munism, a DP college placement
bureau and a state college world
Chancellor R. G. Custavson
spoke to the group at a lunch
eon Saturday noon.
In discussing the new organ
ization, the delegates believed
that a sound, binding but not
complicated organization was
The constitution adopted uts
the responsibility for the organ
ization on a board of directors,
one board member from each
school participating. Though the
constitution is to be further con
sidered at a follow-up confer
ence at York college Feb. 8 to 9,
it will provide for a state or
ganization which supplies local
groups with ideas and ispiration.
Jerry Matzke, -vice president of
Candidates for the Cornhusker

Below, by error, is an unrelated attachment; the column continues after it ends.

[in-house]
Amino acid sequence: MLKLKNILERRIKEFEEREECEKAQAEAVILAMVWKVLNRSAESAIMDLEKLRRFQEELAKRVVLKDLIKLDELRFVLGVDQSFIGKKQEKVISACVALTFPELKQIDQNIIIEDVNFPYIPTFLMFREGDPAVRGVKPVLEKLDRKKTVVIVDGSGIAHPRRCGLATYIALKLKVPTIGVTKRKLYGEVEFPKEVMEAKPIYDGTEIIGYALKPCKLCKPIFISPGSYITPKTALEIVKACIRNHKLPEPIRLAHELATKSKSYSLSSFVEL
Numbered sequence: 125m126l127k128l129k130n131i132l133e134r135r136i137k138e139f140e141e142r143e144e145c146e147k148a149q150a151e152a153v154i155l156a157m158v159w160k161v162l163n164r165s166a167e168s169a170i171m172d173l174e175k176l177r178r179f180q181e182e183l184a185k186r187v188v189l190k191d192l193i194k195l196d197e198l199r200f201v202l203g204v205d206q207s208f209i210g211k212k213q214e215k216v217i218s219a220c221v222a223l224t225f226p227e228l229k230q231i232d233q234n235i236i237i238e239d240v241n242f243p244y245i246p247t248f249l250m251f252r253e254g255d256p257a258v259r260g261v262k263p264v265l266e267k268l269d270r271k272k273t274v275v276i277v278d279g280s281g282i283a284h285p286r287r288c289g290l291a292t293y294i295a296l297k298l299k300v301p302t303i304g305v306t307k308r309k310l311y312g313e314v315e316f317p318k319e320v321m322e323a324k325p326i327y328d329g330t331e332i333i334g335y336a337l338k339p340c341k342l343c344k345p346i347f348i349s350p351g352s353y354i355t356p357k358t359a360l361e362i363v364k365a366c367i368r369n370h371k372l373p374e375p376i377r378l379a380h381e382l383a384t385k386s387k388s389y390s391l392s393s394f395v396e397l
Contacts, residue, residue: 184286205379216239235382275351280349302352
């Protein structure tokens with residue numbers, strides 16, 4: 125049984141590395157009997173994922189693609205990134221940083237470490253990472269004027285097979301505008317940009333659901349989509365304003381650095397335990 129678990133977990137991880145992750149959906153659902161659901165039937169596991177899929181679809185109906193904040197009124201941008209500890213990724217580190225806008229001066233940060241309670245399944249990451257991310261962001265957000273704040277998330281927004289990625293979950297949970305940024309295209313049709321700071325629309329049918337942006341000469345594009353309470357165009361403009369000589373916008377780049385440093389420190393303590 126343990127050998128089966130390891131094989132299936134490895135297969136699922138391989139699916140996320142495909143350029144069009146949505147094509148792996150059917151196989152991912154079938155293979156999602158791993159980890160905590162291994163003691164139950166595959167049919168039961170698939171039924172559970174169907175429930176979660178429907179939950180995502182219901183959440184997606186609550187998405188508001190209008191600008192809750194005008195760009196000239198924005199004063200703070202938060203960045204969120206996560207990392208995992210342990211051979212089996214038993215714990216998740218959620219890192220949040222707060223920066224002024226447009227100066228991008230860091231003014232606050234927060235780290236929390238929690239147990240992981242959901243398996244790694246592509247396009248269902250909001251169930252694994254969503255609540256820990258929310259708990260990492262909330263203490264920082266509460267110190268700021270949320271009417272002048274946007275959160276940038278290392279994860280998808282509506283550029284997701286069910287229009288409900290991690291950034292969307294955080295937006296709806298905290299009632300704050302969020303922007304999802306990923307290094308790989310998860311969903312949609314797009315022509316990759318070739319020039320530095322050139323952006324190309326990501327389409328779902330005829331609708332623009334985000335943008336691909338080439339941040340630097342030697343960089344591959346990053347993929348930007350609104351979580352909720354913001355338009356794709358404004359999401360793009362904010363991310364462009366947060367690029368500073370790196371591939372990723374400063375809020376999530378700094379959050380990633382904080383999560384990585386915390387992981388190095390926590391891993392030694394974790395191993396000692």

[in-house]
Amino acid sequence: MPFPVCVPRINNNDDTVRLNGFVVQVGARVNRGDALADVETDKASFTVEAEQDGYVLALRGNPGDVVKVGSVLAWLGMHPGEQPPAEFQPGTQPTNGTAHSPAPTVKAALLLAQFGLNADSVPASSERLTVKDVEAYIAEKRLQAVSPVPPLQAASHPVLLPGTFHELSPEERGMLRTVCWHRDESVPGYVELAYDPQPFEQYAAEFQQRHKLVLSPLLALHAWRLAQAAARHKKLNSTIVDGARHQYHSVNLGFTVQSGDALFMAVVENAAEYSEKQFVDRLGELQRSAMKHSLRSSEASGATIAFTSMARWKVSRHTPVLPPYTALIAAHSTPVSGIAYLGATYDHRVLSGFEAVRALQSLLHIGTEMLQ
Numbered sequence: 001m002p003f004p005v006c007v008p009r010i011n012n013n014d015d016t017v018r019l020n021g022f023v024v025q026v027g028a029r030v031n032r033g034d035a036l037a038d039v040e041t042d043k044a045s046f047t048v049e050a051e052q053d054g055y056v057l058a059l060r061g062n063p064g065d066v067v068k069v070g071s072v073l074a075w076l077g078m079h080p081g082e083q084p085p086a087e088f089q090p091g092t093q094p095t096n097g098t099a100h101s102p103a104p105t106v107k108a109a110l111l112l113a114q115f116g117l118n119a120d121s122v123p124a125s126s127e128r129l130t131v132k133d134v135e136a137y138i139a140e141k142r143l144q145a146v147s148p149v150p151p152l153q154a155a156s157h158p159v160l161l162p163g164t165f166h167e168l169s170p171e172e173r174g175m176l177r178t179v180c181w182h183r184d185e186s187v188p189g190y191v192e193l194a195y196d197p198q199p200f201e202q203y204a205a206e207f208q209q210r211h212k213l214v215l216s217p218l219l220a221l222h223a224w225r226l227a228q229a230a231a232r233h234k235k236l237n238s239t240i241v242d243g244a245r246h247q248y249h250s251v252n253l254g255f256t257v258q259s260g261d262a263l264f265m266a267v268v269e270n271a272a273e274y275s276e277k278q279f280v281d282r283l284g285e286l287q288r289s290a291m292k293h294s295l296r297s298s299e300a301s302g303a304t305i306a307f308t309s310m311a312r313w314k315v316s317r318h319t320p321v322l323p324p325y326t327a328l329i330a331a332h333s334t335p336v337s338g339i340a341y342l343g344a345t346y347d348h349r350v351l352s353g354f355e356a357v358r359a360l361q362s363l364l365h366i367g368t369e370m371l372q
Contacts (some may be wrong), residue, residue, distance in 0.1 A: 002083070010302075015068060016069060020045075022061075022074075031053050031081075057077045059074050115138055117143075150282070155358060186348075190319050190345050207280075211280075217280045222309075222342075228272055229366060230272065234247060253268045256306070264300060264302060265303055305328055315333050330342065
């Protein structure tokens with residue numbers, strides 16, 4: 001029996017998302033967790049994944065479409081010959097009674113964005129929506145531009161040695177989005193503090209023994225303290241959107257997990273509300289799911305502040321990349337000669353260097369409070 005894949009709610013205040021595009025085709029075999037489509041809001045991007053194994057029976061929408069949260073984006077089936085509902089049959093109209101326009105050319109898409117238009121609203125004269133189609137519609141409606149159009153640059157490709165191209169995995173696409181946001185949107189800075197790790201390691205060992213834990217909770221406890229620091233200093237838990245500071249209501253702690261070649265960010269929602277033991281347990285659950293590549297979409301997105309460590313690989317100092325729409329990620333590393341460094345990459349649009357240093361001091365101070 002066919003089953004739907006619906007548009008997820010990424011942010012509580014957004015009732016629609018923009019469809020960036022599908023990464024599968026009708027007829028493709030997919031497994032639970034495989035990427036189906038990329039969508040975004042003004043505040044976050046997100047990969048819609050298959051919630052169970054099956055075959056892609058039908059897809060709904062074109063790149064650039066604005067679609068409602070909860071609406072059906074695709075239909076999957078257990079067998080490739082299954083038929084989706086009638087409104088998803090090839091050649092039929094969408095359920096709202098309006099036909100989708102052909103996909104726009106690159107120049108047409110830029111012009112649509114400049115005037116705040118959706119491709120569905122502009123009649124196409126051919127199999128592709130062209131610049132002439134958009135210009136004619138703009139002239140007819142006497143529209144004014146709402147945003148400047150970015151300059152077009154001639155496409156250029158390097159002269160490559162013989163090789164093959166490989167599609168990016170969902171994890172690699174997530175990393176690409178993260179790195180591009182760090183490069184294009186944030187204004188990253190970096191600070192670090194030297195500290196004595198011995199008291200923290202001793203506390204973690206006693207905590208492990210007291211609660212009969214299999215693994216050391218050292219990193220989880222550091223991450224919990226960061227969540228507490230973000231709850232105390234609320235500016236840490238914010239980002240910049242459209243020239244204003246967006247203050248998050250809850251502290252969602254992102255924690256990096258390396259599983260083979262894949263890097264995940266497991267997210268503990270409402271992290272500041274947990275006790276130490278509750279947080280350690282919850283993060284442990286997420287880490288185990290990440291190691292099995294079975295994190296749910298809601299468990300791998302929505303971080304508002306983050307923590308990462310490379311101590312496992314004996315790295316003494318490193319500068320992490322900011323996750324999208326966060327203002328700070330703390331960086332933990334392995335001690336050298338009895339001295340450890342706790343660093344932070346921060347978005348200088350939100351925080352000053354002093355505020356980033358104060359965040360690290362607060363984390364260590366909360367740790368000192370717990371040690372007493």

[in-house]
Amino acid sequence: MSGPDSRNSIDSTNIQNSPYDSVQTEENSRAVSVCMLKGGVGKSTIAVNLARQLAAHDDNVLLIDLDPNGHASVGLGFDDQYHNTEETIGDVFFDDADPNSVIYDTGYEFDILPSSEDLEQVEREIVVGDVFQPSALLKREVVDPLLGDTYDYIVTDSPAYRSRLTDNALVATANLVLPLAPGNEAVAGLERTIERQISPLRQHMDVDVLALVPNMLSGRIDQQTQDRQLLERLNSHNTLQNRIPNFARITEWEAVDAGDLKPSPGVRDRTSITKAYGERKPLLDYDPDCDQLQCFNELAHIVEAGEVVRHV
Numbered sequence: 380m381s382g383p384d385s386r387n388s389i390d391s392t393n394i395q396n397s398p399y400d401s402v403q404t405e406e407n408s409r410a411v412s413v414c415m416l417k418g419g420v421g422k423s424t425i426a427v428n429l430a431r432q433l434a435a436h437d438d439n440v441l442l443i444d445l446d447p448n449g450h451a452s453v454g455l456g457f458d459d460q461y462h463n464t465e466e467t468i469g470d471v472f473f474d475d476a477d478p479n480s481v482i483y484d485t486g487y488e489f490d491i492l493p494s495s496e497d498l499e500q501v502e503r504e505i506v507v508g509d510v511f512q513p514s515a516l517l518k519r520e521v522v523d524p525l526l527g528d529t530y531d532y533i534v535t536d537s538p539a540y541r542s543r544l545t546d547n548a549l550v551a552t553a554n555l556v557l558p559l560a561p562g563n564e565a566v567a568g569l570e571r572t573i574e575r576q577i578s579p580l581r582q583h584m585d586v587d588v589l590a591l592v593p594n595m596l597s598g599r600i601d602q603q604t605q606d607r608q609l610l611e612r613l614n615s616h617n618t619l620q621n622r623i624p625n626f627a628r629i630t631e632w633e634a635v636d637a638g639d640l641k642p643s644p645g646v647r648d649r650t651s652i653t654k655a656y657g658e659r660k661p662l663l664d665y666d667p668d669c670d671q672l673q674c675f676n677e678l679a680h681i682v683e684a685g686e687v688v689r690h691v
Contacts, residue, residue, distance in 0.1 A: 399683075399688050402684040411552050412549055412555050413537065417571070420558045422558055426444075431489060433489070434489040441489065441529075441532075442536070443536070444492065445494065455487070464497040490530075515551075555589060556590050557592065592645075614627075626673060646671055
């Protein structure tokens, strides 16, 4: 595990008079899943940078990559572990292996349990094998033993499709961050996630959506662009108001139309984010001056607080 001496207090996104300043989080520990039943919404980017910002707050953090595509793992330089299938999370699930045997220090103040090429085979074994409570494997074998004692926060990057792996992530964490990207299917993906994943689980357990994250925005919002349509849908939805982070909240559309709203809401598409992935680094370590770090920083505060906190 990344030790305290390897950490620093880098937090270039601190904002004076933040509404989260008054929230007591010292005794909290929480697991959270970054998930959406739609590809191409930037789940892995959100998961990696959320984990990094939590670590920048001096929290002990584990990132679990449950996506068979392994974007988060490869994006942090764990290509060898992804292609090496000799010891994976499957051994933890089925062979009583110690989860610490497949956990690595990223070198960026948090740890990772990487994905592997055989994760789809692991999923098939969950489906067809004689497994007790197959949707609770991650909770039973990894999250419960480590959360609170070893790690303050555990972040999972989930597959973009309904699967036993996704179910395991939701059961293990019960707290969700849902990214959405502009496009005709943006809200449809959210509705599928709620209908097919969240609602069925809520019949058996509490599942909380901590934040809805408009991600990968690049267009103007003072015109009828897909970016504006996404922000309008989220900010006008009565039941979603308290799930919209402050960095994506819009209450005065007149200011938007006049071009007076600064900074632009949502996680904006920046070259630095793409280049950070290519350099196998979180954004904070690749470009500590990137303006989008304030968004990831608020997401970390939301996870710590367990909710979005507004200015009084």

Beauty Queen titles have been
announced by the Cornhusker
staff. Forty-seven girls have
been nominated by affiliated and
unaffiliated women's groups on
campus. The number of girls
eligible from each house is de
termined by the number of Corn
huskers sold there.
The candidates are:
Alpha Chi Omega: Nancy
Dixon, jean Caha, Charmaine
Alpha Omicron Pi
Beverlv Tlpal Jin T.umh AlnVio '
Phi: Elizabeth Alden,' Mary !
Mackie. Alpha Xi Delta: Jean
Roberts, Anita Spradley, Eliza
beth Leiber. Delta Delta Delta:
Grace Burkhardt, Dolly Mc
Quistan, Lou Ann Watkins. Chi
Omega: Janet Clock, Eileen
Derieg, Marilyn Brusse. Delta
Gamma: Ramona Van Wyngar
ten, Sue Ann Brownlee.
Gamin Phi Beta
Gamma Phi Beta: Jo O'Brien,
JoAnn Walters, Jean Walker,
Jeanne Lamar. Kappa Alpha
Theta: Janis Carter, Jane Car